RSS Opistognathus decorus – tattoo jawfish is made with the color and size of a polleni g

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  1. MASA Admin

    MASA Admin Moderator

    8 May 2007
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    Opistognathus decorus, the Tattoo Jawfish is the soul of a Polleni grouper trapped in the body of a jawfish. You can imagine how hard our jaw hit the floor when we got our first look at Opistognathus decorus, the most wild and crazy colored species of jawfish we have ever seen. Aside from the yellow head and blue spot jawfish, it seems that for every colorful species of*Opistognathus there are dozens of grey to brown species that are rarely encountered.*The tattoo jawfish*is the coolest we’ve seen since Opistognahtus hopkinsi*-*but the first pictures and video of a live*Opistognathus decorus show a much bigger fish.


    Opistognathus-hopkinsi.png Remember opistognahtus hopkinsi?

    This tattoo jawfish was collected at a depth of 200 meters (650 ft) in the Ryukyu Islands of Japan by Deep Sea Challengers, the purveyors of many incredibly rare and wickedly deep “reef” fish species. As far as we know the live Opistognathus decorus pictured and filmed is the first time the tattoo jawfish has been recorded alive and how are lucky are we that this fish looks unbelievable? In some ways the tattoo jawfish sports the same color*palette*of a fresh candy basslet,*Liopropoma carmabi and the polleni grouper, Cephalopholis miniata, yet appears to be closer in size to the latter.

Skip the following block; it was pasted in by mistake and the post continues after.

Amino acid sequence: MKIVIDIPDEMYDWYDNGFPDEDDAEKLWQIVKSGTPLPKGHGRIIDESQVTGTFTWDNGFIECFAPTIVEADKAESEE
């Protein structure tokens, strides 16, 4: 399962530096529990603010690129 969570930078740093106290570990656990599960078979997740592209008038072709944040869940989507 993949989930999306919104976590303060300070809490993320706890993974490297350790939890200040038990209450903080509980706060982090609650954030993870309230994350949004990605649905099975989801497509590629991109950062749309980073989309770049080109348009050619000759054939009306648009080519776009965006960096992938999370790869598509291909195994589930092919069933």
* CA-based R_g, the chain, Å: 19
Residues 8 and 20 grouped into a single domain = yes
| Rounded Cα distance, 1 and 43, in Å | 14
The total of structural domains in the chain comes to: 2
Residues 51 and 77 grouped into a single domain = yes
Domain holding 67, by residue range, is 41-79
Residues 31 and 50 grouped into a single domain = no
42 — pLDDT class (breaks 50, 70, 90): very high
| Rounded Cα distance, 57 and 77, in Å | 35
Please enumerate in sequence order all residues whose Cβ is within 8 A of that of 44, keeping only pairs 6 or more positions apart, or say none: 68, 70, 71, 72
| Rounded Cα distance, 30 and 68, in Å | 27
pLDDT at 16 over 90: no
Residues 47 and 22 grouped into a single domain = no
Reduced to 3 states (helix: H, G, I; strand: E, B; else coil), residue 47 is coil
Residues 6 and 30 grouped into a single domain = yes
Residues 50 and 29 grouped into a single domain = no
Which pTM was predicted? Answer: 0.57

Even if that’s a smallish cleaner wrasse trying to provide grooming service to this tattoo jawfish, it could be between six and eight inches long (15-20cm)! With that kind of endowment of color and size this first-of-a-kind Opistognathus decorus is definitely going to go to Deep Sea Challengers’ best customer. In this case we hope it will be Blue Harbor or B-Box*Aquarium*so we can see and learn more of the tattoo jawfish. A part of us wants to be pessimistic*about*the prospect for ever seeing this species in aquariums, like ever again, but this year alone we’ve seen peppermint angelfish and narcosis angelfish so we can still hope.

    Click here to view the embedded video.




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